Canadian health authorities announced yesterday that Cory Monteith, a star from the hit TV show Glee, died of an overdose of heroin and alcohol. With the disclosure, Monteith joined the long and sad list of entertainers who died a drug-related death, either from too much, such as Monteith, or too many, such as Elvis, who at autopsy had 11 different prescription medications in his bloodstream.
That Monteith would die of heroin in the year 2013 might seem surprising. In the 1960s, heroin was the main illicit drug scourge and stories of overdose were common. Replaced in subsequent decades by other, cheaper, more available choices including cocaine, Ecstasy, Oxycontin, and amphetamines, heroin fell away a bit. In recent years though it has seen a resurgence—the price is right, and the quality more predictable. Plus, just as users learned that cocaine could be injected as well as smoked, snorting, rather than injecting, heroin became increasingly popular as a way to avoid the risk of dirty needles. The Centers for Disease Control and Prevention (CDC) estimated that in 1996, 2.4 million people had tried heroin once in their lifetime and at least half a million people were “heavy” users.
Heroin has a strange history. Named "heroin" to celebrate its "heroic" properties (irony initially not intentional), it was synthesized late in the 19th century by scientists at the German pharmaceutical Bayer, the maker of aspirin. They hoped to provide an alternative to morphine for those requiring cough medicine. Morphine was viewed as simply too addictive for a guy with a hacking cough. Once synthesized, it sputtered a while despite Bayer's aggressive marketing attempts, then, early in the 20th century, a potential use was finally found as something of a prototype for methadone—a "clean" drug to give to addicts to assist them in their attempts to kick the habit without painful withdrawal symptoms.
The number of overdoses goes up suddenly as addicts accustomed to a certain dose suddenly are overwhelmed by a more pure product.
Its unanticipated highly addictive nature however soon became evident, and it quickly moved from the clinic to the streets, where it gained it current reputation. The biggest danger regarding heroin other than its addictiveness is the fact that, since it is always contraband, its concentration is unpredictable. Countless Hollywood movies have featured a savvy addict sniffing or tasting or boiling a small sample to determine how cut with white starch or other filler the potential purchase might be.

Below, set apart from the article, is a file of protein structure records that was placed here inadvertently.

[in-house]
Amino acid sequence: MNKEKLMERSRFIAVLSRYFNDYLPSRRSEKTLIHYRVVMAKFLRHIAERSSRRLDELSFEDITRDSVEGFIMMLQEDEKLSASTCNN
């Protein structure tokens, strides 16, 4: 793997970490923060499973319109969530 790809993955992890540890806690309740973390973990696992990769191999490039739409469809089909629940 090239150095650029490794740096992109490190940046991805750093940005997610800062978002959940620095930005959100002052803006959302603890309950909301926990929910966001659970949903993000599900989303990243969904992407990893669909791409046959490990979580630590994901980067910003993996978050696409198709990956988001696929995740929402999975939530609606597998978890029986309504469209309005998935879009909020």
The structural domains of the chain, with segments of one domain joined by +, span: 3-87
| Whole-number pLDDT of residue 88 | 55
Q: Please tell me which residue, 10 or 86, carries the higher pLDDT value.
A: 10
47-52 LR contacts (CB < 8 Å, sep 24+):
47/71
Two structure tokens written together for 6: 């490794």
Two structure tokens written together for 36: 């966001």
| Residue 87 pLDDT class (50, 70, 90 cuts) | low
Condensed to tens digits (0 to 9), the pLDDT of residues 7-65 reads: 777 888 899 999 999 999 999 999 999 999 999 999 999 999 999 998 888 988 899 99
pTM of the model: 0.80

In practice it apparently is not so easy. Emergency rooms and morgues are usually the first places to register the news when high-grade heroin comes to town—the number of overdoses goes up suddenly as addicts accustomed to a certain dose are overwhelmed by a more pure product that simply is too much. (See Pulp Fiction.) In Minnesota, the Twin Cities currently are in the throes of such a problem with a disturbing increase in heroin-overdose deaths among established addicts. Almost certainly the explanation is that literally killer stuff appears on the street that looks and tastes just like the usually somewhat-watered-down version. The Twin Cities in recent years have the distinction of having heroin that is among the most pure in the country—93.5% pure, according to local public-health testing.
The symptoms of heroin overdose are pretty straightforward. (See Pulp Fiction and dear Uma once again). Assuming only alcohol and heroin were present, Monteith likely died from the direct respiratory-suppression effects of heroin—in plain English, he just quit breathing. Cocaine, a chemical cousin, can cause marked constriction of blood vessels leading to heart attack or stroke, but this is not expected with heroin. Morphine too can kill by suppressing respiratory drive. Plus each of these three narcotics causes nausea and vomiting in many people. Some sedated people vomiting then aspirate the regurgitated stomach contents into their lungs, leading to suffocation. Grim indeed. This is often given as the cause of death of rock star Jim Morrison.
We will probably learn a few more sordid details in the days or weeks ahead, but the basic story will remain the same. Another truly talented, restless, haunted young man with easy access to too much too fast. Another Hollywood star who met a non-Hollywood ending. And perhaps more than anything else, another reminder that despite decades of screaming evidence and painful reminders such as this, mental illness and dug addiction remain the last taboos of modern society, the diseases that everyone insists must remain tragically underground and out of sight.